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American Indian - Research Paper Example

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Author’s Name Feb 14th 2013 American Indian is a term that describes indigenous people in an area where they lived for many years but later came to be conquered by other people. American Indians lived in their land, forming tribes, hunting for their livelihood and generally prospered…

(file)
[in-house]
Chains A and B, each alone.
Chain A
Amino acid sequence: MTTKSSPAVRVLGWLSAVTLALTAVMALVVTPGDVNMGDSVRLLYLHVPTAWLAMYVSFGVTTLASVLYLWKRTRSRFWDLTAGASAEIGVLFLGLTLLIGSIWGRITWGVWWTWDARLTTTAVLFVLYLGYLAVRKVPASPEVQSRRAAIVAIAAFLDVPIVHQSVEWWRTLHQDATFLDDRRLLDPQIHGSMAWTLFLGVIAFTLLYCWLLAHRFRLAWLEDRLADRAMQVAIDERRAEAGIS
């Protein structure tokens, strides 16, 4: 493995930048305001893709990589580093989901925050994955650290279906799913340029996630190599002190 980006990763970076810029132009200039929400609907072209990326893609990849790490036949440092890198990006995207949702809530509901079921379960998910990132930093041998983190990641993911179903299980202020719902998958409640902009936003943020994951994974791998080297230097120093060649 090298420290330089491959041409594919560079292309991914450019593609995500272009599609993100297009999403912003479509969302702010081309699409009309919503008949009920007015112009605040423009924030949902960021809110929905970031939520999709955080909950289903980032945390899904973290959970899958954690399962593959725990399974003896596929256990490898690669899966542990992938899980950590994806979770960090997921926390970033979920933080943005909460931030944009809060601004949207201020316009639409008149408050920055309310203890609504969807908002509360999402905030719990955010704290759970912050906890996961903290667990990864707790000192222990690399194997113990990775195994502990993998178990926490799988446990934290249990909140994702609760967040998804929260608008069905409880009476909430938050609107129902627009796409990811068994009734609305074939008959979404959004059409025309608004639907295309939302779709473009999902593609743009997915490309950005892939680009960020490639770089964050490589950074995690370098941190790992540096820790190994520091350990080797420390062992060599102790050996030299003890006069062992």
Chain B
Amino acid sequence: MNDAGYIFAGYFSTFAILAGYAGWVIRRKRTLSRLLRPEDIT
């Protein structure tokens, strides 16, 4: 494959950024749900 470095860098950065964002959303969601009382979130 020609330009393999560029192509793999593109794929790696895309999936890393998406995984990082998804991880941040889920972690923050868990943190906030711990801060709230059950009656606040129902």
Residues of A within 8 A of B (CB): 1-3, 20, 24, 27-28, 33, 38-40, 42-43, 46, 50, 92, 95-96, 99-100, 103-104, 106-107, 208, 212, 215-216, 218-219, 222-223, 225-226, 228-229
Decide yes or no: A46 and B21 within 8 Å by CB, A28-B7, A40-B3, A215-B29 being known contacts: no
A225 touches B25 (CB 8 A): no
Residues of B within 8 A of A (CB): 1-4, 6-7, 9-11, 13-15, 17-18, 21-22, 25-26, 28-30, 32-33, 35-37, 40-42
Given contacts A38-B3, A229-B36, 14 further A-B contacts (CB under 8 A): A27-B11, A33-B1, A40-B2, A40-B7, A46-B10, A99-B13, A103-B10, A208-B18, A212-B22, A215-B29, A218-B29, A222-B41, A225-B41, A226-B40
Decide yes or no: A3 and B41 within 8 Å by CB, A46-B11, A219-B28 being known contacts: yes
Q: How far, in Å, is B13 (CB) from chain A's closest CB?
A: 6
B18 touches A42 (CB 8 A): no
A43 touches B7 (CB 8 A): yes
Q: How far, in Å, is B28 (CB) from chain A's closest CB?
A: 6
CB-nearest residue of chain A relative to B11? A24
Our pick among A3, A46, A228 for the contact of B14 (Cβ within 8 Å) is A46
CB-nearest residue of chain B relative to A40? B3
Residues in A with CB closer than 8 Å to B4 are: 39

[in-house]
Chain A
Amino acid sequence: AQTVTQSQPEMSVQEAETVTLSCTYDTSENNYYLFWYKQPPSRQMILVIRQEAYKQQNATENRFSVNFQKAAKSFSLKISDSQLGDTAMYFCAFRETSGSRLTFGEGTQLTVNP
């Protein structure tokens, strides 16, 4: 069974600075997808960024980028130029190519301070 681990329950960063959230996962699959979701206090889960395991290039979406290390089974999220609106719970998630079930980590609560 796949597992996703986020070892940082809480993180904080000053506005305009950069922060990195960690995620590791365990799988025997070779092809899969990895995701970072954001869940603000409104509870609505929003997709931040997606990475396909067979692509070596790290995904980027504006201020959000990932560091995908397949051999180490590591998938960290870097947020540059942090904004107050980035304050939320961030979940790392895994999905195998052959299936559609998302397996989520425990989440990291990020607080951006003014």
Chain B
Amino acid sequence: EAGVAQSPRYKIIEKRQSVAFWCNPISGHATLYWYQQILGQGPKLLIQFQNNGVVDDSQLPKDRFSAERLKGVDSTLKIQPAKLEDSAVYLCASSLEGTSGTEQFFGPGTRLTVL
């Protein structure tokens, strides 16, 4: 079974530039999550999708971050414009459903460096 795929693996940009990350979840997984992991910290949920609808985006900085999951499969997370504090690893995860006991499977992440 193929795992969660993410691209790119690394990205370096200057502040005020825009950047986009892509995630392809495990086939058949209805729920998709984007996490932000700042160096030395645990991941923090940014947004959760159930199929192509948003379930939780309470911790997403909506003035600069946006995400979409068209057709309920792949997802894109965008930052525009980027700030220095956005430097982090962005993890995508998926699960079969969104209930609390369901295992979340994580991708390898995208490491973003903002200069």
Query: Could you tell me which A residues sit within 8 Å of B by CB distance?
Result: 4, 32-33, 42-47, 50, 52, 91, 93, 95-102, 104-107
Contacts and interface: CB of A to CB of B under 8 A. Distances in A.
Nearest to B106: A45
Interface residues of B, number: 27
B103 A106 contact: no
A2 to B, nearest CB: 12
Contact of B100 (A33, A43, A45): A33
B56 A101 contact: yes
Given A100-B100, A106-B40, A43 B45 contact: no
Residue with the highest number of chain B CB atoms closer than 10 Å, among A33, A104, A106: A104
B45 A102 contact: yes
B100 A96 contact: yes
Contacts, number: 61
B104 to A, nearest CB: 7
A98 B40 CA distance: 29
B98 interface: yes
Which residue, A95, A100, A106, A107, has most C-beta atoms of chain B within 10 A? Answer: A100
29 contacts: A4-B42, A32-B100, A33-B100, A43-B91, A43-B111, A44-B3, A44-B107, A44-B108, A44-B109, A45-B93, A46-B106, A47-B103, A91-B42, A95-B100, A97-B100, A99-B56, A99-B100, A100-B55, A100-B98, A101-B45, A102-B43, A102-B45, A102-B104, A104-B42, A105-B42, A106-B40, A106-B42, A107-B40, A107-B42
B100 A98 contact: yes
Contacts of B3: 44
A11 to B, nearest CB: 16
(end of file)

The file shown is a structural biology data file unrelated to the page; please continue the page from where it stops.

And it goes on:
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Download file to see previous pages The American Indians lived in solitude for many years until the coming of the Europeans, who later discovered America, making things less peaceful. Indians experienced forceful eviction from their land leading to war and a lot of bloodshed. The Indians had different views of the Europeans and knew they would use different techniques to attack them, including use of military force (Nichols 3). There are Indians who supported the white men, while others refused completely to surrender even when they were subjected to harsh conditions. The Indian Revolution Act, implemented in 1830, made several tribes migrate to the Western side of the country. With the revolt against the British and formation of US, the idea of civilization was conceived, and the American Indians were prepared for assimilation into United States citizens. It was integral to have a manifested destiny, as that would favour the nationalist movements that were present. Family Structure of the American Indians The family structure of the Indians was formed in such a way that it had to be obscure that an extended family existed. An extended family that lived together in one house were enumerated as subfamily members, and all the members were related to the holder of the house. An extended family that resided in several homesteads ensured they were at a close proximity to one another. However, the families were recognised as a single entity with independent households. Both the parents and grandparents resided in a dwelling place that was mobile, and they ensured they were near the children or grandchildren. The cultural conceptions of the Indians recognised an Indian grandmother as the aunt of a child as well as the grandaunt. Extended families were responsible for the formation of kinship networks, formed based on clan memberships and not necessarily by birth, marriage or adoption. Traditional Native families retained their Indian ways and had no influence from the urban ways of life (Lamanna and Riedman 67). The Indian families relate more to people outside immediate family in a supportive way, and this is evident in the Sioux Families; where family involvement begins in the early stages of life as parents get selected for new born babies. The families strengths are seen in the helping systems present in the community at large, and they have spiritual courage that they obtain from their religion. The Indian families also have respect for one another and this is a basis they use for their later learning. American Indian Culture American Indians enjoyed freedom and contentment in their land, before corruption and other vices brought conflicts to the community (Porter 93). American Indian culture gave rise to many familiar symbols that depict struggle and triumphs, making many modern life aspects adopt them. Tepee and Peace Pipe are some of the symbols the natives used in their culture, as a tapestry of the American Native life. Everything from plants, animals, housing, to climate conditions defined the Indian culture, with their animals being referred to as spirits; despite the fact that they hunted and killed them. The Indians’ clothes were made of animal skins, and the meat was greatly revered thus it never went to waste. There was a belief that spirits lived, and were present among all the Indian tribes. American Indians participated in agricultural ...Download file to see next pagesRead More
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